Gut Feeling, a Scientific Reality?

 

Vagus Nerve System

After disheartening weeks of climate chaos I sought news to  combat depression. I found it in an unusual source: our guts. Gut bacteria and human health is a relatively new area of research. it began with incurable GI problems being treated by implanting fecal material from healthy folks  Then studies began to look at the role our bacteria played in other diseases. Brain Maker, by Dr. Perlmutter, catalogs problems of a number of people who received heavy doses of antibacterial medicine as youth. They later developed a variety of diseases, but rapidly improved with introduction of probiotics. Yogurt aficionados proclaimed “We told you so.” I’ve fallen in love with Kombucha, good for gut beasties and tastes like ginger beer with a bite.

Science is now looking at the connection with mental health. Anecdotal evidence supports the value of probiotics for depressed persons.

From Psychology Today: “There is growing evidence that the trillions of microbes inhabiting our gastrointestinal tracts (commonly referred to as microbiome or gut microbiota) play a mysterious yet significant role in many aspects of our mental health—ranging from psychological resilience to neuropsychiatric disorders.”

OK, Eloise, if none of this is  truly new, get to the point. Let’s suppose our microbes battle depression. . How do those little guys down there message our minds up here? What’s new to my understanding is the microbiome-gut-brain axis, a bidirectional feedback loop facilitated in part by the vagus nerve. This longest nerve in our body is like Hwy 66 with exit and entrance ramps being the nerve fibers which carry messages up and down. I still wonder how those little guys down there create messages or prod the gut to do so.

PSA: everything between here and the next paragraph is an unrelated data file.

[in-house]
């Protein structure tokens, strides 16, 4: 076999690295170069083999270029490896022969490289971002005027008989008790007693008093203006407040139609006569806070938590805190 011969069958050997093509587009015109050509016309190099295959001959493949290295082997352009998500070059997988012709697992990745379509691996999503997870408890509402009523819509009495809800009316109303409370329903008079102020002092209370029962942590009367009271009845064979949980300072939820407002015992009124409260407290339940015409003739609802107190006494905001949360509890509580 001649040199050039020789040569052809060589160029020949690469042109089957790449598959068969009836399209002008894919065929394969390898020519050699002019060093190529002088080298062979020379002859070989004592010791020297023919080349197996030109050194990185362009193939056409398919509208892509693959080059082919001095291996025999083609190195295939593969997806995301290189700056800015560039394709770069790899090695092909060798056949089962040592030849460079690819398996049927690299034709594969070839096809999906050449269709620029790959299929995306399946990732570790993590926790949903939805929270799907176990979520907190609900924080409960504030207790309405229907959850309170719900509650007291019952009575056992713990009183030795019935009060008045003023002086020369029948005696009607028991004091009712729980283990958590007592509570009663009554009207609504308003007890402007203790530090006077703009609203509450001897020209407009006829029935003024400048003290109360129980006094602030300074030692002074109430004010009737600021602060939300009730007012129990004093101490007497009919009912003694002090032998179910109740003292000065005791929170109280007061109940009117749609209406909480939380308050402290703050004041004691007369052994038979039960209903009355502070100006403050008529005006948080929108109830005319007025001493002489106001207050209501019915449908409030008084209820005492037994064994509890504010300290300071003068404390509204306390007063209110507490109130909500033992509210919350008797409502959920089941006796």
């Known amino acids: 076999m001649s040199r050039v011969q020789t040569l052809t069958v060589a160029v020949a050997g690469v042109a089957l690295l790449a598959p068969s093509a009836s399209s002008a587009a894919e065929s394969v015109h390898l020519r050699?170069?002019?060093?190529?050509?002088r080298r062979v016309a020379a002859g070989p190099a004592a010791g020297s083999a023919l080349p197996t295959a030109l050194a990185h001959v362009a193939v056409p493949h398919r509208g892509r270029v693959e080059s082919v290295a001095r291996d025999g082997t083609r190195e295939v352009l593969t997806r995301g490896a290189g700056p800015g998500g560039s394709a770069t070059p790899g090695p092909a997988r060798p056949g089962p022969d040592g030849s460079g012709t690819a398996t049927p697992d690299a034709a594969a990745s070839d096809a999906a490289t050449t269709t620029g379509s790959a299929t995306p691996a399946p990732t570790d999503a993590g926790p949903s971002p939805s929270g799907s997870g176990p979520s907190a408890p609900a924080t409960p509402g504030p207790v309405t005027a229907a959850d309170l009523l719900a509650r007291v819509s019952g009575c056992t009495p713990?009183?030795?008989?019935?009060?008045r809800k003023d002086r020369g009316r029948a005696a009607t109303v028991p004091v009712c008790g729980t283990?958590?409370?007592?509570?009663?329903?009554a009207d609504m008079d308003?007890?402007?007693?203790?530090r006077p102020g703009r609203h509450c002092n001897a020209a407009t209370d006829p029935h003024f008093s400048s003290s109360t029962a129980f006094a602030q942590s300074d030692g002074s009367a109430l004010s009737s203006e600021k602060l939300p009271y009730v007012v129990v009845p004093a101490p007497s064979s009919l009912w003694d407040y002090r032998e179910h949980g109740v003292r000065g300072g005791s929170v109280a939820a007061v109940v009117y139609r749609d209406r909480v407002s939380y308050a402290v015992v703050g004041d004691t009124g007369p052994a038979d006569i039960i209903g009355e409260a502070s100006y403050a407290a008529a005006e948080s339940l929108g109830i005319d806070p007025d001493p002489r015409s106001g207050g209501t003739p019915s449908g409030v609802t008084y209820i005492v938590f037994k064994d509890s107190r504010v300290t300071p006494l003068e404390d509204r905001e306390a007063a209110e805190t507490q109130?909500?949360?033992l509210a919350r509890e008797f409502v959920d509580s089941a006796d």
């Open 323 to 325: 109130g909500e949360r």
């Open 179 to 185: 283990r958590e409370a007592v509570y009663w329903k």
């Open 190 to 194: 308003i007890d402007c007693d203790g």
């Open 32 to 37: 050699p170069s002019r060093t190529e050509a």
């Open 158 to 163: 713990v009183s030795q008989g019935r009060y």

In a previous blog, Buzz Your Pain Away I wrote about zapping with electricity to control pain. Continuing with the super highway analogy, medical science long knew that pain impulses jump on entrance ramps to alert our brains  to get our hands off the hot stove, but more recently they discovered  the brain sends electrical anti-inflammatory signals out exit ramps to pain sites. Ambulances? As a result, medical science is engaged in research  on Implanting devices to generate such signals via a zap of electricity. .

We are genuinely wired, but I refuse to view myself as a robot.

 

  1. Psychiatry and Psychotherapy departments at the University of Regensburg in Germany

Psychology Today Article

 

8 thoughts on “Gut Feeling, a Scientific Reality?

  1. There’s so much we don’t know and new things are discovered every day. If only we didn’t interfere and let nature take care of us. I think it’s just a little arrogant to think we need to help nature along by zapping ourselves with electricity. How about just adjusting our diets to what we know nature intends. Strange how that seems to work so many wonders.

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  2. Nice, Eloise! Keep playing with the health science stuff…we love it!Victoria

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    Victoria Jayne, GRI, CNE Principal Broker/Owner Jayne Realty,

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  3. No, we aren’t robots, but we aren’t entirely ourselves. We’re more like a collection of colonies, each with its own governing body. We can’t really call our brains the ultimate rulers, since even that is a smash-up of sorts.

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